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Cinema review: Trainwreck

Trainwreck

It’s all too easy to have a knee-jerk reaction to the mere mention of Judd Apatow’s name. As an apparent mentor to those enrolled in the massively if unfortunately popular school of grunge comedy (ie, how many times can you fit fuck into any sentence?), he will surely never live down his involvement with the execrable Bridesmaids and the equally awful Get Him To The Greek. To be fair, however, as director of The 40 Year-Old Virgin, Apatow exposed a pleasing hint of sentiment and in this at times erratic but ultimately heart-warming movie he lets it flow like a river of gold. Bouquets for this should also be lavished on its star, Amy Schumer, who also happened to write the screenplay.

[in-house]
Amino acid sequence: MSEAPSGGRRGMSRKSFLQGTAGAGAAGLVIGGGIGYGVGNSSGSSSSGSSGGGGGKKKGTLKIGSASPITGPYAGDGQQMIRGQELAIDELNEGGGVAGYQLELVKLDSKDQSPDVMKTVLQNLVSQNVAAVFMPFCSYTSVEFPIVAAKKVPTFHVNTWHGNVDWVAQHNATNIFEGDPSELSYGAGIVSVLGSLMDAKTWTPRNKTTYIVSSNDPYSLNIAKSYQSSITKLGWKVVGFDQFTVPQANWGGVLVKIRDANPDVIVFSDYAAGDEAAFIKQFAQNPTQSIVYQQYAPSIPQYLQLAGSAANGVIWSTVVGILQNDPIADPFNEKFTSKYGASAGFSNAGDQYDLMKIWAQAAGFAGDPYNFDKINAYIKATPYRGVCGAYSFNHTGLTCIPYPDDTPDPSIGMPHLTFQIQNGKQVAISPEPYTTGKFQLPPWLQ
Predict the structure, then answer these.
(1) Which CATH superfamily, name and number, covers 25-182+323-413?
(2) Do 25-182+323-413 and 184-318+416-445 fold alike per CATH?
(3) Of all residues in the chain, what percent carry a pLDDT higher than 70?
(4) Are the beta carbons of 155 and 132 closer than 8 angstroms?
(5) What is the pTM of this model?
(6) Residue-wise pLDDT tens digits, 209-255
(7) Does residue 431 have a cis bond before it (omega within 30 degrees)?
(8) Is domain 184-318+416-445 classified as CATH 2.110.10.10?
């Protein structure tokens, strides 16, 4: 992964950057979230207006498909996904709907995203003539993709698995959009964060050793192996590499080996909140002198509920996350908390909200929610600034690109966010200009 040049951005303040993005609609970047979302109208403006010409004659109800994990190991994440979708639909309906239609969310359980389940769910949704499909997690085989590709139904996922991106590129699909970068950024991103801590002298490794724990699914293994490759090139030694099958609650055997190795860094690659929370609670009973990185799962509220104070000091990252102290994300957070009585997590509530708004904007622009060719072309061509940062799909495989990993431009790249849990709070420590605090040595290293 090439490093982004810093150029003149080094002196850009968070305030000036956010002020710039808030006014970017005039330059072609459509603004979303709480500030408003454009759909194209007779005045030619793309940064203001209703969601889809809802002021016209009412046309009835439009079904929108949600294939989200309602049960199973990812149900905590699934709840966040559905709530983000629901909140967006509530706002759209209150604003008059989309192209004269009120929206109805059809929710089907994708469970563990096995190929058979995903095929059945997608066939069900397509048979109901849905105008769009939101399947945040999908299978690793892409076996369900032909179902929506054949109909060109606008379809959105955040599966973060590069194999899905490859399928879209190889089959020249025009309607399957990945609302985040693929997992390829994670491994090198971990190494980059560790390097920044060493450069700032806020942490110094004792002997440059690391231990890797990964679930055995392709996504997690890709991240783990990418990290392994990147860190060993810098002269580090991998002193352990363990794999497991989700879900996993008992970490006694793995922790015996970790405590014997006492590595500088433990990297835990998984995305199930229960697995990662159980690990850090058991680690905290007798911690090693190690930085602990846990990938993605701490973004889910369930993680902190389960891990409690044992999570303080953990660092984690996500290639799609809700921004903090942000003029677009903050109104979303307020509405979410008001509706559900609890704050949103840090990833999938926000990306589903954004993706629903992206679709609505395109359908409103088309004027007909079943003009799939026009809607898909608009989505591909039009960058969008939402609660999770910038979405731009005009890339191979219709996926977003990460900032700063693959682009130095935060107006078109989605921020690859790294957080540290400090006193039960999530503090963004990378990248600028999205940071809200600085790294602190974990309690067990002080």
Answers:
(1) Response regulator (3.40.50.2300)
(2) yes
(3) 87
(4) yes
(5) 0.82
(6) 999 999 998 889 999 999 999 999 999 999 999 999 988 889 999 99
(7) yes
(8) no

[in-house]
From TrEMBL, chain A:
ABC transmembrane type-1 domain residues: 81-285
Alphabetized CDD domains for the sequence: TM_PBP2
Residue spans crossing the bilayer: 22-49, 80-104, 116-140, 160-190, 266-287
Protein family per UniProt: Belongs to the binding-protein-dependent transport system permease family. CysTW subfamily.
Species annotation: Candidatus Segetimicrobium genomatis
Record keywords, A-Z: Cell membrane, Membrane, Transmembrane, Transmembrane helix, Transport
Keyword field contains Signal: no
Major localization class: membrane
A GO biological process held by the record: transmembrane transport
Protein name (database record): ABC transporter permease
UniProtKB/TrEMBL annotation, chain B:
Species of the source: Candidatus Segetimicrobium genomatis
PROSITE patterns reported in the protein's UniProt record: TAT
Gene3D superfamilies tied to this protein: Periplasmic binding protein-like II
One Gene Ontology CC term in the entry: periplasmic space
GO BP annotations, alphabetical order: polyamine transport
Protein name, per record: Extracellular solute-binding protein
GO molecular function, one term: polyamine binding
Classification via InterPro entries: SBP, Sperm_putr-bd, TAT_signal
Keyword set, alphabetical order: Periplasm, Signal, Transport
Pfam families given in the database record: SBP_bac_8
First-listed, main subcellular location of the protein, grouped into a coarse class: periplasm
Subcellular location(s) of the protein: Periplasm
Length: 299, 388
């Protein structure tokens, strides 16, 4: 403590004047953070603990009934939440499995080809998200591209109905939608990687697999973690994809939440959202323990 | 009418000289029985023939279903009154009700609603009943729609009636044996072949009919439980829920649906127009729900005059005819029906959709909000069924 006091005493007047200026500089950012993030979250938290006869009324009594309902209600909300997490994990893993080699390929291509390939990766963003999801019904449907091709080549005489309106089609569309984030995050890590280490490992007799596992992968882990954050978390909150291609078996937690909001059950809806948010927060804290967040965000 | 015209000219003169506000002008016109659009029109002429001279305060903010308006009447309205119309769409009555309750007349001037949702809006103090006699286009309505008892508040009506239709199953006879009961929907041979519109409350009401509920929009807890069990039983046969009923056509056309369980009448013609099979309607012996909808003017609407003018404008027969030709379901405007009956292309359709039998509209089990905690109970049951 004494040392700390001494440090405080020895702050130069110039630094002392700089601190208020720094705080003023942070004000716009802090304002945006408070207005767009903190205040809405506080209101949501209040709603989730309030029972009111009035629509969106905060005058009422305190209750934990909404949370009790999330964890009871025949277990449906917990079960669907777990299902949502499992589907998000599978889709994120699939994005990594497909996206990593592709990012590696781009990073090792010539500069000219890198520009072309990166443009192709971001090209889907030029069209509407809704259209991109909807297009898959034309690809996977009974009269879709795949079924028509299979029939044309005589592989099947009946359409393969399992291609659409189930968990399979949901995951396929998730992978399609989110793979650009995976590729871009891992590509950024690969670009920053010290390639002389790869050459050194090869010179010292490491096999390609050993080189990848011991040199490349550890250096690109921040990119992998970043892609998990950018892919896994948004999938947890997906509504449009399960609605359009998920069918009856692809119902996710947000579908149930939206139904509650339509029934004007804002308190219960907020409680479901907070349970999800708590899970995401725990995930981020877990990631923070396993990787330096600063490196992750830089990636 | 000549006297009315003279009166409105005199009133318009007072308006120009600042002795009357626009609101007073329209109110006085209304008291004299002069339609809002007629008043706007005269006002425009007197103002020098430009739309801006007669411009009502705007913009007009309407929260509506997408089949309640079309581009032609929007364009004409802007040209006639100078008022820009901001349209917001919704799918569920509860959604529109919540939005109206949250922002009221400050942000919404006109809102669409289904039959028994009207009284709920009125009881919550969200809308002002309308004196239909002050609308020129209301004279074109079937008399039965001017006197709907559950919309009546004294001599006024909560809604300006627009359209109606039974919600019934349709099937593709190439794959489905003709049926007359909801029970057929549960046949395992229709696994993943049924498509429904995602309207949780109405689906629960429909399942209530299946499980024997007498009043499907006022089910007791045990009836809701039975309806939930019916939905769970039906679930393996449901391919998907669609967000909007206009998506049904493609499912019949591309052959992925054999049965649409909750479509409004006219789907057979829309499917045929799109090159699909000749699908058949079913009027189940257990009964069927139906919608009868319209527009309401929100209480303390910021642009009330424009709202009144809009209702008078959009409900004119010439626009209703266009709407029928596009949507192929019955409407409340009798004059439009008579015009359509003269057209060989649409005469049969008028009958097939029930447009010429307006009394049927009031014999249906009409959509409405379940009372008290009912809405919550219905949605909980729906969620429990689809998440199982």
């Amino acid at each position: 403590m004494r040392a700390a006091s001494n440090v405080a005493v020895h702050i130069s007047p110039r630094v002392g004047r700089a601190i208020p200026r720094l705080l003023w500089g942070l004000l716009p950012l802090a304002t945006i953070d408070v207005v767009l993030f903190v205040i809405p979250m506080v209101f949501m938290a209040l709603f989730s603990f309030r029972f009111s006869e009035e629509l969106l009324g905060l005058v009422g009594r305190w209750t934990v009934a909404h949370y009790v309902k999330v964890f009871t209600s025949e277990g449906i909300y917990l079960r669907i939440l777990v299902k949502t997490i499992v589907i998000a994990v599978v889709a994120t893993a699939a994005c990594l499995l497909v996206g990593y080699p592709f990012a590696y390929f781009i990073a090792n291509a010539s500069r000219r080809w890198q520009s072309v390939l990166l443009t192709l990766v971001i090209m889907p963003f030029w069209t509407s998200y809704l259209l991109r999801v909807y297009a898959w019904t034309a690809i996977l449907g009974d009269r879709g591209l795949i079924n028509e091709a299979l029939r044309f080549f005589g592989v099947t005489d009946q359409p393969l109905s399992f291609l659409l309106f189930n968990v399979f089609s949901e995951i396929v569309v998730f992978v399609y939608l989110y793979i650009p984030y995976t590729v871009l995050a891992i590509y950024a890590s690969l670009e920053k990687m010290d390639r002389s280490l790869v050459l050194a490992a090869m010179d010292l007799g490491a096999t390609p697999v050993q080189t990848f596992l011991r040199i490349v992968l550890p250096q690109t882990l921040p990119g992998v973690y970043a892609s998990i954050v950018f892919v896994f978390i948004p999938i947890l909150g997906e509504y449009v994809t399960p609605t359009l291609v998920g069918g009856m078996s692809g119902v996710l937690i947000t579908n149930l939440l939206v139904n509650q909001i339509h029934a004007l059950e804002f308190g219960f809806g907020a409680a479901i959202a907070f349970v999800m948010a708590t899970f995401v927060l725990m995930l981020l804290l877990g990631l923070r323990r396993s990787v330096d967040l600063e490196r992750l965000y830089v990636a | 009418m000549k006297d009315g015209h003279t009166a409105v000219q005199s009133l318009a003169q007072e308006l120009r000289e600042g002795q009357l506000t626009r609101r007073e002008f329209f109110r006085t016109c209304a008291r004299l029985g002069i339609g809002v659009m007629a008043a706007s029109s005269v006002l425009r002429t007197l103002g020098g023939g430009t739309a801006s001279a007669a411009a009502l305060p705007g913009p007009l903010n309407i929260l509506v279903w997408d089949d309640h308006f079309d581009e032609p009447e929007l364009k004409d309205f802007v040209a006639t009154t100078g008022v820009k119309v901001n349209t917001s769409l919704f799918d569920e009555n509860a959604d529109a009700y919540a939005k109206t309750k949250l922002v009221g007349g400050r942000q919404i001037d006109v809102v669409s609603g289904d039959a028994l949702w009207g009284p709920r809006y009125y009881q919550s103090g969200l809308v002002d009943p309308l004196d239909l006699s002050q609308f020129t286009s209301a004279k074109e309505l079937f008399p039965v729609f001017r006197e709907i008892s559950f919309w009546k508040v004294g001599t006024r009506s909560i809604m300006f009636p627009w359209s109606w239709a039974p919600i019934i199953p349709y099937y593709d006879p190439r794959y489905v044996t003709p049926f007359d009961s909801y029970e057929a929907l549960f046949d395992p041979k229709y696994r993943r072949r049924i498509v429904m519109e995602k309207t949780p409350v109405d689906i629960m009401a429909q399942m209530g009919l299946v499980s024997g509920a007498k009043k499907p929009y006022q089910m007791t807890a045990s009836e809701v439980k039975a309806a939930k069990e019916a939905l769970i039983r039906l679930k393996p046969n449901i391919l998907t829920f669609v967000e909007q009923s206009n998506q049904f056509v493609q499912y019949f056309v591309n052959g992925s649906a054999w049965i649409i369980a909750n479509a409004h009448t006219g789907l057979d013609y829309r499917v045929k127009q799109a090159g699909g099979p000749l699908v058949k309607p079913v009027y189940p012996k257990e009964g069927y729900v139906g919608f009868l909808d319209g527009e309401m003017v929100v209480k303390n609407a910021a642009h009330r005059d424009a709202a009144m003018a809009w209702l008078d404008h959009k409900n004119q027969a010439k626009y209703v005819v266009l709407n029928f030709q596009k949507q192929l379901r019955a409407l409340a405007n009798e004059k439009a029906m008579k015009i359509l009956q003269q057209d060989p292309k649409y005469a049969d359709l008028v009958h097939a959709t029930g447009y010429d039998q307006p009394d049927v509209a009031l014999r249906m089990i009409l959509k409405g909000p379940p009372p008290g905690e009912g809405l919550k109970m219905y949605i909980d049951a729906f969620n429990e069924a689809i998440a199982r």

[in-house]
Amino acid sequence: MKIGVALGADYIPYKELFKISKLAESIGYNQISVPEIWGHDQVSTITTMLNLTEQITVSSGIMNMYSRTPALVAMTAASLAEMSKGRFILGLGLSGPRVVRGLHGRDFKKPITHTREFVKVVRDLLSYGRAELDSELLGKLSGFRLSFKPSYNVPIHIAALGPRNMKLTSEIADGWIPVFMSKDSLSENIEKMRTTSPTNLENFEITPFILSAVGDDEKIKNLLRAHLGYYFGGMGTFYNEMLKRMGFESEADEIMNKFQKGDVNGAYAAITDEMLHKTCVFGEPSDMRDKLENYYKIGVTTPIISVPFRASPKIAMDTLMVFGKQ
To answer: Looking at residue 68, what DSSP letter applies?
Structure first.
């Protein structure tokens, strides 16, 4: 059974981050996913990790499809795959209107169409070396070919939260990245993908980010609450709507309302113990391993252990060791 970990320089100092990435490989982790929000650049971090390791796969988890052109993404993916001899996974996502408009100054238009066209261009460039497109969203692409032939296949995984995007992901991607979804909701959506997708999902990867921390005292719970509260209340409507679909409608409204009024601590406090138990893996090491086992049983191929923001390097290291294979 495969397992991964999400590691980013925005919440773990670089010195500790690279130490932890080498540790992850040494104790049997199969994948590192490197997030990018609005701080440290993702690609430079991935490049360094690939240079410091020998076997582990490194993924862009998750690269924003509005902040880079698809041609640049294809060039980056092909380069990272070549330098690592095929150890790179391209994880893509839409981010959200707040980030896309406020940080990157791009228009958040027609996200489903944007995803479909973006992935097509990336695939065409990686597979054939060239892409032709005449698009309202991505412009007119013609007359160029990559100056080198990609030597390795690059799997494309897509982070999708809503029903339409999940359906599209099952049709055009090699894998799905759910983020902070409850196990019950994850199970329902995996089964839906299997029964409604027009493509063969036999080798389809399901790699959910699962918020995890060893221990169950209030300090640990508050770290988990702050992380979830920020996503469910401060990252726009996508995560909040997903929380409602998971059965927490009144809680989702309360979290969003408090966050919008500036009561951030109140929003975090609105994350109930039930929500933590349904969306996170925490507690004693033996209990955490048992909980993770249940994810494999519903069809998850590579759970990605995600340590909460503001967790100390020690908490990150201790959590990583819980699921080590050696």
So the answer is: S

If not your typical rom-com leading lady – she is a porker with a double chin, for starters – Schumer is so effortlessly ‘natural’ that it is impossible to not be onside with her. She plays a journo on a sensationalist celebrity mag in NYC. As a good-time gal, she’s had countless lovers without ever feeling the need to commit to any relationship – the words of her Lothario father, ‘monogamy is unrealistic’, are echoed in her lifestyle. Assigned by her hard-as-nails editor (Tilda Swinton) to write a piece on the less worldly Aaron (Bill Hadder), a leading sports doctor, Amy soon finds herself romantically entwined with her subject. Because he can’t help himself, Apatow indulges in tedious gags about dicks and tampons – a sex scene with Amy and the muscle-bound Steven (John Cena) is terribly long and leaden – but Schumer’s atypical character goes much deeper than just challenging the body-image stereotype. Ridiculous to say, but I was blinking back the tears at one point before laughing like a drain at the rollicking set-piece that delivers the happy ending which is demanded of the genre but too often arrived at with dollops of treacle. Colin Quinn is terrific as Amy’s un-PC dad and basketball superstar LeBron James, as himself, does a nice turn in self-deprecation.   


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